Mary Faure thinks engineering and art go hand in hand.

“In the traditional engineering curriculum — even today when it’s very engaging and moving forward — there isn’t really a place for students to express their individual creativity,” said Faure, manager of engineering technology communication for the Engineering Education and Innovation Center .

On Tuesday afternoon to encourage combining engineering and art, EEIC hosted its Creative Writing and Arts Contest, open to all students, faculty and staff. Faure said the contest allows students to do some non-engineering work that shows off their creative side.

Engineering students, staff and faculty could submit work in art and writing categories. Art categories included 2-D, 3-D and multimedia. Writing categories were fiction, creative nonfiction and poetry. EEIC received 85 total entries.

Writing and art displays were around the room in Scott Laboratory where the event took place and a slideshow at the front of the room displayed photos of all submitted art and excerpts from submitted writing pieces. Music from the Kronos Quartet played over speakers to help create a gallery atmosphere and refreshments were served.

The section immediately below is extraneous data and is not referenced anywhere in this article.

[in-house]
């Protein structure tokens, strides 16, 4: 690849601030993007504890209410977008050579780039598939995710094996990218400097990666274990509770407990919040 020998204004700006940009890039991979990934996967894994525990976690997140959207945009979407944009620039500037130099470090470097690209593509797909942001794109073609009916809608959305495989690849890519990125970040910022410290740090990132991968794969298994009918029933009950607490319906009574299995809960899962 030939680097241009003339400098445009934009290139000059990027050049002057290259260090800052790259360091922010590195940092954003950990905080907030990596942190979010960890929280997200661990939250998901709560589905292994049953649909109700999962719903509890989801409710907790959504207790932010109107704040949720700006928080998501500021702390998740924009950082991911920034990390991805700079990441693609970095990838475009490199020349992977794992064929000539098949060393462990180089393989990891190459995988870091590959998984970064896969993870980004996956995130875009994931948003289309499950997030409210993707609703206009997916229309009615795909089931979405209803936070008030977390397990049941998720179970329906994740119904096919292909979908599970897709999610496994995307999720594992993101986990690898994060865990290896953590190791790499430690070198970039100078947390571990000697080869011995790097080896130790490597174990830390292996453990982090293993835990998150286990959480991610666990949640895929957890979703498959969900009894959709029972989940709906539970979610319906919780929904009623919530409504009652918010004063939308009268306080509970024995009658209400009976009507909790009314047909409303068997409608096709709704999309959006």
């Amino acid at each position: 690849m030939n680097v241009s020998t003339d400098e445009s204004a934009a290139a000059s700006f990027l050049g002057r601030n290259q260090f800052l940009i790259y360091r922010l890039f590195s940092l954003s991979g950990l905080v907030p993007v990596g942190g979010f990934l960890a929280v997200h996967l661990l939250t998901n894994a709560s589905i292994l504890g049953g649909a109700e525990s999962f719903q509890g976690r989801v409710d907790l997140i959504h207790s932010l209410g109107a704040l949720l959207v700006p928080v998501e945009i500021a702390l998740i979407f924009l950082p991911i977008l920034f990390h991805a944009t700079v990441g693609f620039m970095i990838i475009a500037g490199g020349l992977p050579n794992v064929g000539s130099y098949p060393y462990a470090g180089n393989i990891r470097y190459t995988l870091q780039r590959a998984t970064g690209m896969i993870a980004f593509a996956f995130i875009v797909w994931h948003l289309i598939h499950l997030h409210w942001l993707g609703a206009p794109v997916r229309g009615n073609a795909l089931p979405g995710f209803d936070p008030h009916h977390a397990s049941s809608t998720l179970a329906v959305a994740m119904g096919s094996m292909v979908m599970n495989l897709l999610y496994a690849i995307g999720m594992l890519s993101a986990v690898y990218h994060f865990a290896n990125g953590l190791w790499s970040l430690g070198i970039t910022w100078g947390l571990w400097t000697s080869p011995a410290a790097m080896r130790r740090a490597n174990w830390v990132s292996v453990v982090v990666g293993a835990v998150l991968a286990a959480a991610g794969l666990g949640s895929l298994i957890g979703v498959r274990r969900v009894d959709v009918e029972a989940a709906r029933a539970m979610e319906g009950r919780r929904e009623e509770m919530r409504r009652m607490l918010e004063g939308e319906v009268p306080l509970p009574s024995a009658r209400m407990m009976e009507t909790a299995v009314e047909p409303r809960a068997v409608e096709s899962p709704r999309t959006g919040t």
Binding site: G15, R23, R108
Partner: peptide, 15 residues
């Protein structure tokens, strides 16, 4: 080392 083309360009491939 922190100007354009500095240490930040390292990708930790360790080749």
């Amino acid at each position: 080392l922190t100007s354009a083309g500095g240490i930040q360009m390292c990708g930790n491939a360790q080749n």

Writing pieces included haikus paying tribute to Hitchcock Hall and poems written in extensive Java code that both a computer and person could read. Art pieces ranged from microscope images taken during welding labs to watercolor portrait paintings.

First-, second- and third-place winners, along with honorable mentions of every category, received a certificate. First-place winners also received an engraved crystal award and a Barnes & Noble gift card.

Winners were determined by a panel of eight judges. Six were EEIC affiliated and the other two were Laura León, a graduate student in the Departments of Design, and Department of English senior lecturer Jenny Patton.

Alex Aurand, a graduate student in industrial and systems engineering, won first place in the fiction category for his piece, “Taillights,” a short story about an autistic seventh-grade boy whose brother dies in a bus accident. The story focuses on how the boy and his family cope.

“I find that the creative writing process is extraordinarily similar to the engineering design process,” Aurand said.

In both engineering and creative writing, Aurand said, the creator must explore all possible ideas and solutions and then hone it down to one final idea.

Other students used art as a way to escape the engineering way of thinking.

Kate Raftery, a fourth-year in chemical engineering, created a watercolor painting of two figures intertwining, symbolizing dependence.

“Usually when I get super stressed out, I find (art) a good place to go to to relax and get my mind off things for a little while,” Raftery said.